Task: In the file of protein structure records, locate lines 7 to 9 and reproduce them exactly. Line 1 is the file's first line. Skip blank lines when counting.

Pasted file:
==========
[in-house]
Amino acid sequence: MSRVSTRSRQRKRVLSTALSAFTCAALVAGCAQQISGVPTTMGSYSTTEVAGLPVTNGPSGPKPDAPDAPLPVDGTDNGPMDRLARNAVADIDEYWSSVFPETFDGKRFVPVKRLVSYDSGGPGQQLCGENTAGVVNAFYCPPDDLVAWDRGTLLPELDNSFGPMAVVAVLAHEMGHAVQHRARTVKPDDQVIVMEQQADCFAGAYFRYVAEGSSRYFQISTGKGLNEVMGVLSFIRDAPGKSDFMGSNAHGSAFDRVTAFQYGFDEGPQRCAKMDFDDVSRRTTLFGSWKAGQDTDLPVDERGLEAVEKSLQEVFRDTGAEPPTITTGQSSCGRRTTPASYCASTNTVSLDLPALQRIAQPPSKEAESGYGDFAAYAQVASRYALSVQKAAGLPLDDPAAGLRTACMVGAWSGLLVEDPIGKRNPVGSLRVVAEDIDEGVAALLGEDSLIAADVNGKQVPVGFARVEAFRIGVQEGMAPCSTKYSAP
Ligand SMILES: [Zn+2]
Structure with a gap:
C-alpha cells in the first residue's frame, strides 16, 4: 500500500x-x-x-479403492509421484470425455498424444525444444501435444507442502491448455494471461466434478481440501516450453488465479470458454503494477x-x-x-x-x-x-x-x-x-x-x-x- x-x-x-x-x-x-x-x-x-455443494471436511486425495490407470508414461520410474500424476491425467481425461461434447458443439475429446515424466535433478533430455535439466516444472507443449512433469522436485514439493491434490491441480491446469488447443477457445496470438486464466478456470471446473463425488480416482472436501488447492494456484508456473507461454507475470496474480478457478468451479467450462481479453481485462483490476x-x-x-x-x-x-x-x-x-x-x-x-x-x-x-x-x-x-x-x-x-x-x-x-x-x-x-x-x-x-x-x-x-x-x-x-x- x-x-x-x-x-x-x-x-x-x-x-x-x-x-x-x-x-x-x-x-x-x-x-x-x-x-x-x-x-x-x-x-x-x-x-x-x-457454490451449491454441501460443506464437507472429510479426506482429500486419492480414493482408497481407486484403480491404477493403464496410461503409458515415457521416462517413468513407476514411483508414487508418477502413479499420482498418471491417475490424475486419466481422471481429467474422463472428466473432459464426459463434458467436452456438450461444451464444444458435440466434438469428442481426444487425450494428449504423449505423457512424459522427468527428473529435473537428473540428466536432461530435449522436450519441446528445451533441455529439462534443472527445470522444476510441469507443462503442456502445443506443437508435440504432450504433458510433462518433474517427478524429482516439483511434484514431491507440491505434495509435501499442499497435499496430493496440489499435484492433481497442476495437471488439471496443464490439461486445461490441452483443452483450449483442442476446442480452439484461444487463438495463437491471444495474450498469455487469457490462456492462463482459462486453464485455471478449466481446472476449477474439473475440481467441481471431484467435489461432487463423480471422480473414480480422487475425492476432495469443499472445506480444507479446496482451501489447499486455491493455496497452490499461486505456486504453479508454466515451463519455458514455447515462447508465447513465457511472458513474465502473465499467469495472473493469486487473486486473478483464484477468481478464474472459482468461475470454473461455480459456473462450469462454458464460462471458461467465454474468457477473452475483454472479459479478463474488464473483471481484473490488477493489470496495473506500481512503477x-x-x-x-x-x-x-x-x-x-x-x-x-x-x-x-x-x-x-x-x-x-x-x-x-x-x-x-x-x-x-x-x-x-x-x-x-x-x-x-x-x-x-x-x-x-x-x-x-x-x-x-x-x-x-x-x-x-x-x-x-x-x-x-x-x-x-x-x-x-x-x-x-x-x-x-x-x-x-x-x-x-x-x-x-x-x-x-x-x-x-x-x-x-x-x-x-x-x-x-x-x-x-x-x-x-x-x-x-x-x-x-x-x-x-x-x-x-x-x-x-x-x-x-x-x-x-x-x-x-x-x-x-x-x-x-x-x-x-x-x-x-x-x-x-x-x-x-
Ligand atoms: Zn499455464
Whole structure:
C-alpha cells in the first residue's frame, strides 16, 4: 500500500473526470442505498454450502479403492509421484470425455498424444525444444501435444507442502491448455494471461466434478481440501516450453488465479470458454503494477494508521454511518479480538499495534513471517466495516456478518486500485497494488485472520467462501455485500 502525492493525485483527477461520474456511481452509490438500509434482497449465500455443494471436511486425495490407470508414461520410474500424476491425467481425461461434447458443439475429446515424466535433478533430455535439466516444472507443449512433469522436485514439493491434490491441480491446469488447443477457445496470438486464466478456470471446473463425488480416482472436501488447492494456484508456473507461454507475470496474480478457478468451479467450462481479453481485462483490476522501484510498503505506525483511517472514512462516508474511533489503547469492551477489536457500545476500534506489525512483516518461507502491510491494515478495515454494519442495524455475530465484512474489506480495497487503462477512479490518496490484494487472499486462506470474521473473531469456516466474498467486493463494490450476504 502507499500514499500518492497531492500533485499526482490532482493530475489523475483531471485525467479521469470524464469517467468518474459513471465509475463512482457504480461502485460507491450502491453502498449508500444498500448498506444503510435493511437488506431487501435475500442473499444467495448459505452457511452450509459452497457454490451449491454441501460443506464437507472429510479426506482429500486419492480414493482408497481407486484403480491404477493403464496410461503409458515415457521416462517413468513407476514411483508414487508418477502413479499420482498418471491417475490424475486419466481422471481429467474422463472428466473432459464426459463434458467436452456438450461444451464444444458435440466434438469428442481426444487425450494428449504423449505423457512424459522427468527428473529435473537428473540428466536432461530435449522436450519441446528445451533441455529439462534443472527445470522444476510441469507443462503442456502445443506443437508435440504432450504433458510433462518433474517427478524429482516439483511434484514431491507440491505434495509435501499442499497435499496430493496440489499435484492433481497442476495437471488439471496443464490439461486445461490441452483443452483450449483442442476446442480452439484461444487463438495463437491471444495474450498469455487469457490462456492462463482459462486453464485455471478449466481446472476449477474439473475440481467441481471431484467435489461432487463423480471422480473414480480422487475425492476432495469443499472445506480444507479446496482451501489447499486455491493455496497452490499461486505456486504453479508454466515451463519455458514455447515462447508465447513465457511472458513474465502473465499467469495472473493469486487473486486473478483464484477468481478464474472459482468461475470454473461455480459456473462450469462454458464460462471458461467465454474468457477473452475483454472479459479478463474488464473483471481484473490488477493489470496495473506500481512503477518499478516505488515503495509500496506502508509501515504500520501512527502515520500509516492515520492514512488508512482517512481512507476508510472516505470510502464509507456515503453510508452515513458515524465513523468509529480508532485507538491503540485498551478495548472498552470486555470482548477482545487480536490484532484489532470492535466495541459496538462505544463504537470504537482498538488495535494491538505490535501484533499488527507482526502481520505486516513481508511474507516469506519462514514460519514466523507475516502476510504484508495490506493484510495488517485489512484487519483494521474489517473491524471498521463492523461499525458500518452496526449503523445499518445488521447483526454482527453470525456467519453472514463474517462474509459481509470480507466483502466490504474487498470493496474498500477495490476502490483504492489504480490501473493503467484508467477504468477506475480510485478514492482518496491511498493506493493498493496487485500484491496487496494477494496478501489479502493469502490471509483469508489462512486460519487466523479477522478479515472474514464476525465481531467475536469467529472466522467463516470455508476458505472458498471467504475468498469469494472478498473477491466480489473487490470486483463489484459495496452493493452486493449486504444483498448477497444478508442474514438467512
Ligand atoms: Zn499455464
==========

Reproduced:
Whole structure:
C-alpha cells in the first residue's frame, strides 16, 4: 500500500473526470442505498454450502479403492509421484470425455498424444525444444501435444507442502491448455494471461466434478481440501516450453488465479470458454503494477494508521454511518479480538499495534513471517466495516456478518486500485497494488485472520467462501455485500 502525492493525485483527477461520474456511481452509490438500509434482497449465500455443494471436511486425495490407470508414461520410474500424476491425467481425461461434447458443439475429446515424466535433478533430455535439466516444472507443449512433469522436485514439493491434490491441480491446469488447443477457445496470438486464466478456470471446473463425488480416482472436501488447492494456484508456473507461454507475470496474480478457478468451479467450462481479453481485462483490476522501484510498503505506525483511517472514512462516508474511533489503547469492551477489536457500545476500534506489525512483516518461507502491510491494515478495515454494519442495524455475530465484512474489506480495497487503462477512479490518496490484494487472499486462506470474521473473531469456516466474498467486493463494490450476504 502507499500514499500518492497531492500533485499526482490532482493530475489523475483531471485525467479521469470524464469517467468518474459513471465509475463512482457504480461502485460507491450502491453502498449508500444498500448498506444503510435493511437488506431487501435475500442473499444467495448459505452457511452450509459452497457454490451449491454441501460443506464437507472429510479426506482429500486419492480414493482408497481407486484403480491404477493403464496410461503409458515415457521416462517413468513407476514411483508414487508418477502413479499420482498418471491417475490424475486419466481422471481429467474422463472428466473432459464426459463434458467436452456438450461444451464444444458435440466434438469428442481426444487425450494428449504423449505423457512424459522427468527428473529435473537428473540428466536432461530435449522436450519441446528445451533441455529439462534443472527445470522444476510441469507443462503442456502445443506443437508435440504432450504433458510433462518433474517427478524429482516439483511434484514431491507440491505434495509435501499442499497435499496430493496440489499435484492433481497442476495437471488439471496443464490439461486445461490441452483443452483450449483442442476446442480452439484461444487463438495463437491471444495474450498469455487469457490462456492462463482459462486453464485455471478449466481446472476449477474439473475440481467441481471431484467435489461432487463423480471422480473414480480422487475425492476432495469443499472445506480444507479446496482451501489447499486455491493455496497452490499461486505456486504453479508454466515451463519455458514455447515462447508465447513465457511472458513474465502473465499467469495472473493469486487473486486473478483464484477468481478464474472459482468461475470454473461455480459456473462450469462454458464460462471458461467465454474468457477473452475483454472479459479478463474488464473483471481484473490488477493489470496495473506500481512503477518499478516505488515503495509500496506502508509501515504500520501512527502515520500509516492515520492514512488508512482517512481512507476508510472516505470510502464509507456515503453510508452515513458515524465513523468509529480508532485507538491503540485498551478495548472498552470486555470482548477482545487480536490484532484489532470492535466495541459496538462505544463504537470504537482498538488495535494491538505490535501484533499488527507482526502481520505486516513481508511474507516469506519462514514460519514466523507475516502476510504484508495490506493484510495488517485489512484487519483494521474489517473491524471498521463492523461499525458500518452496526449503523445499518445488521447483526454482527453470525456467519453472514463474517462474509459481509470480507466483502466490504474487498470493496474498500477495490476502490483504492489504480490501473493503467484508467477504468477506475480510485478514492482518496491511498493506493493498493496487485500484491496487496494477494496478501489479502493469502490471509483469508489462512486460519487466523479477522478479515472474514464476525465481531467475536469467529472466522467463516470455508476458505472458498471467504475468498469469494472478498473477491466480489473487490470486483463489484459495496452493493452486493449486504444483498448477497444478508442474514438467512
Ligand atoms: Zn499455464